Much has been written about the differences between the Millennial generation and other generations. It’s true that there are differences and some of those differences are substantial.
It’s also true that there are more similarities between Millennials and other generations than there are differences. Millennials have similar career goals. They share many of the same values especially when it comes to leadership values. They change jobs for many of the same reasons as their parents and grandparents did.
Despite an opinion that is way too popular, Millennials are not slackers. Far from it actually. They work as hard and long as most baby boomers. They care just as much, they are as passionate or even more passionate about what they do and how they do it than the average baby boomer.
One key difference is a desire for more flexibility. They don’t want flexibility in order to do less work. In fact it’s the contrary; they want more flexibility to be able to weave their work and personal lives together. They are willing to work long hours, they just want a little more freedom to choose which hours they work.
This presents challenges for organizations that have Millennials in customer facing positions. But the reality is that too many baby boomer leaders/managers simply want to control which hours their people work. They feel that way because when they were rising through the ranks their work hours were determined for them. That’s old thinking. That’s expensive thinking too!
Here is some more old thinking and it’s even more expensive thinking.
Most companies encourage their new employees to spend their first few years in the organization learning the ropes. It makes perfect sense because very few entry level employees know how to apply their “school knowledge” to real life work situations.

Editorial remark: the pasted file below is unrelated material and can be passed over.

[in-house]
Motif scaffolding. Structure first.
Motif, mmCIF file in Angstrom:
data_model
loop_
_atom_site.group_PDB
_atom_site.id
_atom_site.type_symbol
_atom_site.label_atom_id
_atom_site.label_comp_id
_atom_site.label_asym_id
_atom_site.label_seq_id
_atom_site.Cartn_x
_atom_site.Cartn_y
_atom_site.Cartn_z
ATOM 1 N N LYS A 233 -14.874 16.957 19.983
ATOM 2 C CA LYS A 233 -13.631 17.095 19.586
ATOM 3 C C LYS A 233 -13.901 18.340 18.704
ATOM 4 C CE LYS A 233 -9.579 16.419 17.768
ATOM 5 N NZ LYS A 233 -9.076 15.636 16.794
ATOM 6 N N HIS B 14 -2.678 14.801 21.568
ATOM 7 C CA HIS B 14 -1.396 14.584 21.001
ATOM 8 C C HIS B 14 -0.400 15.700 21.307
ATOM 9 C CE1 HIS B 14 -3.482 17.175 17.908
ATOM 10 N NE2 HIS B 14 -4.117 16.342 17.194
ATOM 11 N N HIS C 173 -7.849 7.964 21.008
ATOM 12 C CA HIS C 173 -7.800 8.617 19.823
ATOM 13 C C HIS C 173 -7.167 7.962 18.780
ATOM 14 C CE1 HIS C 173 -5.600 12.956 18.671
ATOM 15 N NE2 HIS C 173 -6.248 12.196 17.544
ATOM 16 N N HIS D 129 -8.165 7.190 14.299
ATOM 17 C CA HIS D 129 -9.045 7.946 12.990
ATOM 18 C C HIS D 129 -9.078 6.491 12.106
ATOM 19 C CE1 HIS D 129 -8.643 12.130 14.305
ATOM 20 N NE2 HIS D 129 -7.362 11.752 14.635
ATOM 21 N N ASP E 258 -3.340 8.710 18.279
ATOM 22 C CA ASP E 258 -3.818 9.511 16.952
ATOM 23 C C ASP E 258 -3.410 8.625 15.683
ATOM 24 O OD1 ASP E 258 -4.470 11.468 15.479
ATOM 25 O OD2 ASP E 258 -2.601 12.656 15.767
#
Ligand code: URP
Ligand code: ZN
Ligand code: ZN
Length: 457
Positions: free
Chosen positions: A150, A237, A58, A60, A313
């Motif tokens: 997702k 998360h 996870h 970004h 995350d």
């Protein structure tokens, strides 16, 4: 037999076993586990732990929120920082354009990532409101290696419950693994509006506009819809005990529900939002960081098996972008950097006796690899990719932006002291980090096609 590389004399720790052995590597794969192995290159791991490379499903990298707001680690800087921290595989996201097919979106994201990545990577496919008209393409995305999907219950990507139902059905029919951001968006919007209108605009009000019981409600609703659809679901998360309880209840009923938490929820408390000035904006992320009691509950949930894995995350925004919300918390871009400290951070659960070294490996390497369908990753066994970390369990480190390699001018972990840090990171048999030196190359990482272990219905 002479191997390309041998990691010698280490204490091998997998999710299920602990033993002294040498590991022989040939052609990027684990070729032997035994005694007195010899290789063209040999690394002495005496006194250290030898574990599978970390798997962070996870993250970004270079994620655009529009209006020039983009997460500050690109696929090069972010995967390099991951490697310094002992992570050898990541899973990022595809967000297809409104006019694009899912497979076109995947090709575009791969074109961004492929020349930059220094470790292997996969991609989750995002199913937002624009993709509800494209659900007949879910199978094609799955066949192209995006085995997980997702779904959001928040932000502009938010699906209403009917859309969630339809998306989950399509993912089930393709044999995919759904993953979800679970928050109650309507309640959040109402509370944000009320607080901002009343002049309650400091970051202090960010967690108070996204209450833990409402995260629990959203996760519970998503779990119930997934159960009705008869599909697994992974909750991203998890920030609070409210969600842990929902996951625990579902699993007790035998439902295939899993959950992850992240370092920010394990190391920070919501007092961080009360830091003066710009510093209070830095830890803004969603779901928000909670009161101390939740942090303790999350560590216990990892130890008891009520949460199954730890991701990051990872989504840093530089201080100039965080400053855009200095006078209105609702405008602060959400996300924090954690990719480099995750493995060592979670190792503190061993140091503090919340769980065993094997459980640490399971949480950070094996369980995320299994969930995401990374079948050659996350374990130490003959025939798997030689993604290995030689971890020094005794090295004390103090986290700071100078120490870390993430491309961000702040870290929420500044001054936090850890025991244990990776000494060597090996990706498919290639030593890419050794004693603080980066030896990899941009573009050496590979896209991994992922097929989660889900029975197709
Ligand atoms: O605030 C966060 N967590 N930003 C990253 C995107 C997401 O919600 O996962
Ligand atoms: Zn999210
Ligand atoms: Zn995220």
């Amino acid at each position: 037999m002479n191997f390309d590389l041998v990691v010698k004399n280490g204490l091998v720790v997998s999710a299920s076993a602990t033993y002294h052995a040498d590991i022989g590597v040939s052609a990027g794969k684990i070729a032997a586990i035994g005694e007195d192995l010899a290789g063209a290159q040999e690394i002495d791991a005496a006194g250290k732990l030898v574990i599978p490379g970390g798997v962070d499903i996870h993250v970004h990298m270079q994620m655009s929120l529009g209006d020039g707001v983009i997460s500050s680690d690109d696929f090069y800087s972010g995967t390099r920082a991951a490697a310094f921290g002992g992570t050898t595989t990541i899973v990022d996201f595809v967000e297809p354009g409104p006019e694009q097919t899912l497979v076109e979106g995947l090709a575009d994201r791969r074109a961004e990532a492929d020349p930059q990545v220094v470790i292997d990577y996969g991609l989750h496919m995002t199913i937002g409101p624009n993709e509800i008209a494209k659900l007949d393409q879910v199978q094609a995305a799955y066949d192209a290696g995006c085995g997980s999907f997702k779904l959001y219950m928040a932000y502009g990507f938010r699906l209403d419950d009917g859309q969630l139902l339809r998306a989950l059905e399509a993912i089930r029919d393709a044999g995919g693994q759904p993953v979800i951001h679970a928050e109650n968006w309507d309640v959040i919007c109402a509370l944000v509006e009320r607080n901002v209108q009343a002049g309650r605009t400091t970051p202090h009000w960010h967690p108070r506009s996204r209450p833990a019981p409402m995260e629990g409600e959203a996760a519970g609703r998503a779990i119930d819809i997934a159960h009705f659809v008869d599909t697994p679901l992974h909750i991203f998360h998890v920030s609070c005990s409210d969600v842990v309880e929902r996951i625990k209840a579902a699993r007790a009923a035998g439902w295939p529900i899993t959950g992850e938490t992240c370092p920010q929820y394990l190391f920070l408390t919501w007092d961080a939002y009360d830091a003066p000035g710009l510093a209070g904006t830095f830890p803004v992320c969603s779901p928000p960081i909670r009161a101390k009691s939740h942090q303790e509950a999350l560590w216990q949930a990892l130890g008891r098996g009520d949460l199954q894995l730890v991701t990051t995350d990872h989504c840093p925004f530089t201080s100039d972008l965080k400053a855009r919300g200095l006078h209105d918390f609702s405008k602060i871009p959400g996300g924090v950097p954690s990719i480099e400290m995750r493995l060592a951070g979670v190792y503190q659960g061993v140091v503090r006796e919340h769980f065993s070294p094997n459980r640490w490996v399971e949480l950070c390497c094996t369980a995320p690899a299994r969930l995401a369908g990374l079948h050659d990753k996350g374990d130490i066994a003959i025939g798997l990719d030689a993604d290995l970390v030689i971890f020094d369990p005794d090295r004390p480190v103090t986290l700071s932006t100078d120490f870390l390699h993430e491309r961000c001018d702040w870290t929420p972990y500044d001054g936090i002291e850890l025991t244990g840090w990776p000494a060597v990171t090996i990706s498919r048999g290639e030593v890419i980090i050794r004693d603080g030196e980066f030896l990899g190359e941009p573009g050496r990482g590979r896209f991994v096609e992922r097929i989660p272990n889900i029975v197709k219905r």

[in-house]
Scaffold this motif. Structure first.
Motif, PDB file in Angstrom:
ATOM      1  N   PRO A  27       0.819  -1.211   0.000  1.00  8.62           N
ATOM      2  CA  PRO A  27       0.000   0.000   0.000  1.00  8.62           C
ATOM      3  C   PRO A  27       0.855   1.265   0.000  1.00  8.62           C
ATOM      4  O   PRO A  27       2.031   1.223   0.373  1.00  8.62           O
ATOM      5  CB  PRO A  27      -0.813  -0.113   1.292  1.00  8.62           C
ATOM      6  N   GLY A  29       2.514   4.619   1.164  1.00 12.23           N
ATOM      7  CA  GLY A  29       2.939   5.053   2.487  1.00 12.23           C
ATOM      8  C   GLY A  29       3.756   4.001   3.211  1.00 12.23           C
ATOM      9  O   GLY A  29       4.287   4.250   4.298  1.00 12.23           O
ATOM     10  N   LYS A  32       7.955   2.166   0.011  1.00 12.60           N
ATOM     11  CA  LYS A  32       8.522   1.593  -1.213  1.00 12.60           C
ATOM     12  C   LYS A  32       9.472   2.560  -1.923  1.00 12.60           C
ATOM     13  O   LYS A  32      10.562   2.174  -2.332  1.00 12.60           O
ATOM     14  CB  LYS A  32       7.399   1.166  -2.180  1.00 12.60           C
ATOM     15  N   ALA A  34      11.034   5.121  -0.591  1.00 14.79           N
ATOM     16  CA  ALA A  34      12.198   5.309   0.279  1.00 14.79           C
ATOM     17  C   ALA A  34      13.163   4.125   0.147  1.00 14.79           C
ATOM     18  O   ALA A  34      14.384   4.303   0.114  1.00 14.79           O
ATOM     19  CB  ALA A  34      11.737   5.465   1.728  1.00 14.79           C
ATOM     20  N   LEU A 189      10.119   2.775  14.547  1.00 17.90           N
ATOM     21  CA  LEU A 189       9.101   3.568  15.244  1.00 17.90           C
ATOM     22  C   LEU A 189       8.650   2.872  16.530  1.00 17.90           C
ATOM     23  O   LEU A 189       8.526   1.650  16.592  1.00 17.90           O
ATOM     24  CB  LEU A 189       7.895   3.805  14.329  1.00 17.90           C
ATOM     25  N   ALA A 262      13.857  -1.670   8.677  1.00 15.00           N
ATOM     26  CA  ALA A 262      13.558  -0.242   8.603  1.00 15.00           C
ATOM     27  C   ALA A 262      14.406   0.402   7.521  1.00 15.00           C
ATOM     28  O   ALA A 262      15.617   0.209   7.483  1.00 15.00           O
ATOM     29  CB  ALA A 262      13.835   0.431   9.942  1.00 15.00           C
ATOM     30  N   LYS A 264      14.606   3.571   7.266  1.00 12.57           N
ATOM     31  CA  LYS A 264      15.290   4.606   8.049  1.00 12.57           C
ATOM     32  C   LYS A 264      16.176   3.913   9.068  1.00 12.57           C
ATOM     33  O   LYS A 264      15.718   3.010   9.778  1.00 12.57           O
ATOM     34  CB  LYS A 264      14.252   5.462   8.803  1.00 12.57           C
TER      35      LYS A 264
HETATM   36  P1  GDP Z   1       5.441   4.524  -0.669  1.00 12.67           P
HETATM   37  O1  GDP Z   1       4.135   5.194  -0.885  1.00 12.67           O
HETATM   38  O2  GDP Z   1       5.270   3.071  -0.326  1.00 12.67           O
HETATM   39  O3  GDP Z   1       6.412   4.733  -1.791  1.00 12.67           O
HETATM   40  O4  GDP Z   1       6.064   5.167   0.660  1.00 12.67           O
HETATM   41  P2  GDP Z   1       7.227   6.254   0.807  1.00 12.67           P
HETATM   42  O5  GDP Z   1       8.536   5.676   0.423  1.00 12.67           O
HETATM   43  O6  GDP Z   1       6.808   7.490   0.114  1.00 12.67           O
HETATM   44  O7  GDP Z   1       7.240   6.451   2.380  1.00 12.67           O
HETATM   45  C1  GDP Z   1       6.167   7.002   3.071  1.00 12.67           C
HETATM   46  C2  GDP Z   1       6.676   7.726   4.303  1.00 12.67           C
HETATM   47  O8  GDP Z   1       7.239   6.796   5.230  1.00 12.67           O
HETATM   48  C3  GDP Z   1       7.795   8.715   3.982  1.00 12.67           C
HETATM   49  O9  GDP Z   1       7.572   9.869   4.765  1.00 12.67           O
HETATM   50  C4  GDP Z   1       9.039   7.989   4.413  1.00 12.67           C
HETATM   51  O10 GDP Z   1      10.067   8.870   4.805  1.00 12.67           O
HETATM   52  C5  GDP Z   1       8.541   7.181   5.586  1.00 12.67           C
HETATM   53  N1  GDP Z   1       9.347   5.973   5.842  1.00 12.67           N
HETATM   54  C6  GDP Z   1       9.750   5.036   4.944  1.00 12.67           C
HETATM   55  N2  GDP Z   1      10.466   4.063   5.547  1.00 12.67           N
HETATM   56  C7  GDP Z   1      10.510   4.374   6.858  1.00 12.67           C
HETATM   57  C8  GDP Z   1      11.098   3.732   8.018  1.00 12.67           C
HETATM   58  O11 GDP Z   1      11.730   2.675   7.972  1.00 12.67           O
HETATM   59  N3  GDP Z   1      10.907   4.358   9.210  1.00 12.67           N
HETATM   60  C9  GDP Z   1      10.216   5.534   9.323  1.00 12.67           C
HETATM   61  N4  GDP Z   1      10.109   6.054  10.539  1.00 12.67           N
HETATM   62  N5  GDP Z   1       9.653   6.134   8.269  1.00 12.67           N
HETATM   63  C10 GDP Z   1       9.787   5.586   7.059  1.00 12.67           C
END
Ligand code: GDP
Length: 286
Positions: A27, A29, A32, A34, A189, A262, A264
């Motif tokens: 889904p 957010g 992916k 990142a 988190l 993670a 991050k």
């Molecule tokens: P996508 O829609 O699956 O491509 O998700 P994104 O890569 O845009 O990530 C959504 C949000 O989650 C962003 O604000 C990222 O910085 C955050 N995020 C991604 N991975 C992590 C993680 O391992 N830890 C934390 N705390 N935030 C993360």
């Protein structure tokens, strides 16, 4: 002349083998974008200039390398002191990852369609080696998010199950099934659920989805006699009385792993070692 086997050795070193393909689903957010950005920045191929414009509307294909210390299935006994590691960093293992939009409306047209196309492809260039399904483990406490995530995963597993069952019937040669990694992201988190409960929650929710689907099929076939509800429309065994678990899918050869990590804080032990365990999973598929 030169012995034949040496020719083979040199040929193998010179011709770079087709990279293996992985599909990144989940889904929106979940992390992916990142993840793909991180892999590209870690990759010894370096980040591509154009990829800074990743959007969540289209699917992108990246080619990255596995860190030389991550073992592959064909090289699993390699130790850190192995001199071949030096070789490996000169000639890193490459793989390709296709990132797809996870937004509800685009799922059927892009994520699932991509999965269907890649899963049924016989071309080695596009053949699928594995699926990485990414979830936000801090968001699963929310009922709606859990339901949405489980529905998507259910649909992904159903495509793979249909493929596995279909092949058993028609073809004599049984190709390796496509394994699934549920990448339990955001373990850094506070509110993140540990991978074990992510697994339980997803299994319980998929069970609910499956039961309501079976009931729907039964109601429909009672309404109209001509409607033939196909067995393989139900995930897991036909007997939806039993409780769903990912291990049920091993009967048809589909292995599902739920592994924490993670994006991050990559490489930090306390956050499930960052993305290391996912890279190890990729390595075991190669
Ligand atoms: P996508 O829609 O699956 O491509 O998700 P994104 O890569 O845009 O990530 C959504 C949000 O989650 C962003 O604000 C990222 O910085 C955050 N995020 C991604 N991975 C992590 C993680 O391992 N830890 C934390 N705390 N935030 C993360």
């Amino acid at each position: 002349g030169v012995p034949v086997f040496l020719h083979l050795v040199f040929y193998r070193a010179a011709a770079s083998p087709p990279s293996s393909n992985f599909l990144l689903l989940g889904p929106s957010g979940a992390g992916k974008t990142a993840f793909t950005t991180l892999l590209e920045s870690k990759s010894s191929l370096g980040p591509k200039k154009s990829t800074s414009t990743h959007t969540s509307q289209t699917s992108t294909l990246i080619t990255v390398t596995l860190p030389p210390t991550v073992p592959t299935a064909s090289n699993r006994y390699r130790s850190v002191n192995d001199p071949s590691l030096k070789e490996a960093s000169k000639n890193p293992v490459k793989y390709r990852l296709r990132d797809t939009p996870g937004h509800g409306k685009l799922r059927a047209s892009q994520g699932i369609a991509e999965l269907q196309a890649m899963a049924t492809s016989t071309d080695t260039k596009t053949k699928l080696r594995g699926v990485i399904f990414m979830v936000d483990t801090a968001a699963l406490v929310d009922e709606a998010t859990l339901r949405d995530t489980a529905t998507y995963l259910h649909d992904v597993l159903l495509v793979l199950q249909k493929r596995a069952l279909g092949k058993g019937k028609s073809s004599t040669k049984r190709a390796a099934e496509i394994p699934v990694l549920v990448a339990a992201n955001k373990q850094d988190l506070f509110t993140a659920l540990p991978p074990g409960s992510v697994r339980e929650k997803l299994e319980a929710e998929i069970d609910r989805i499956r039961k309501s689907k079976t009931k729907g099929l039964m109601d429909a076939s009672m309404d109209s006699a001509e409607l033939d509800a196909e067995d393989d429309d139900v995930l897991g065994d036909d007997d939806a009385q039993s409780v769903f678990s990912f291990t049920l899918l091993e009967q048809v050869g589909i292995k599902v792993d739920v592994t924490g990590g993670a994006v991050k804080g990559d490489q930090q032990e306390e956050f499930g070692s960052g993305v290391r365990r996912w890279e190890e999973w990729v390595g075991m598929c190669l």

The problem with that mindset of allowing less experienced employees time to learn the ropes leads many managers/leaders to assume that their Millennial employees have too little to offer when compared to more experienced employees.
But Millennials have much to offer. They are technologically savvy. They are nonlinear thinkers who don’t know that “something has always been done that way.” Millennials are willing to try new technology and are particularly adapt at exposing “group think.” I have to admit “group think” is often prevalent with my baby boomer generation.
If you’re a leader of Millennials today you must be willing to risk allowing them more input into as many areas of your organization as possible. Yes, they have a lot of growing to do but that doesn’t mean they can’t help more experienced people grow in new areas at the same time.
People like me can learn so much from Millennials that sometimes I wish I was one. (But then I come to my senses)
It turns out that the real problem with Millennials is more a of problem FOR Millennials. They have the ability to move slower companies into the future at a much faster pace. They only need to be given the chance.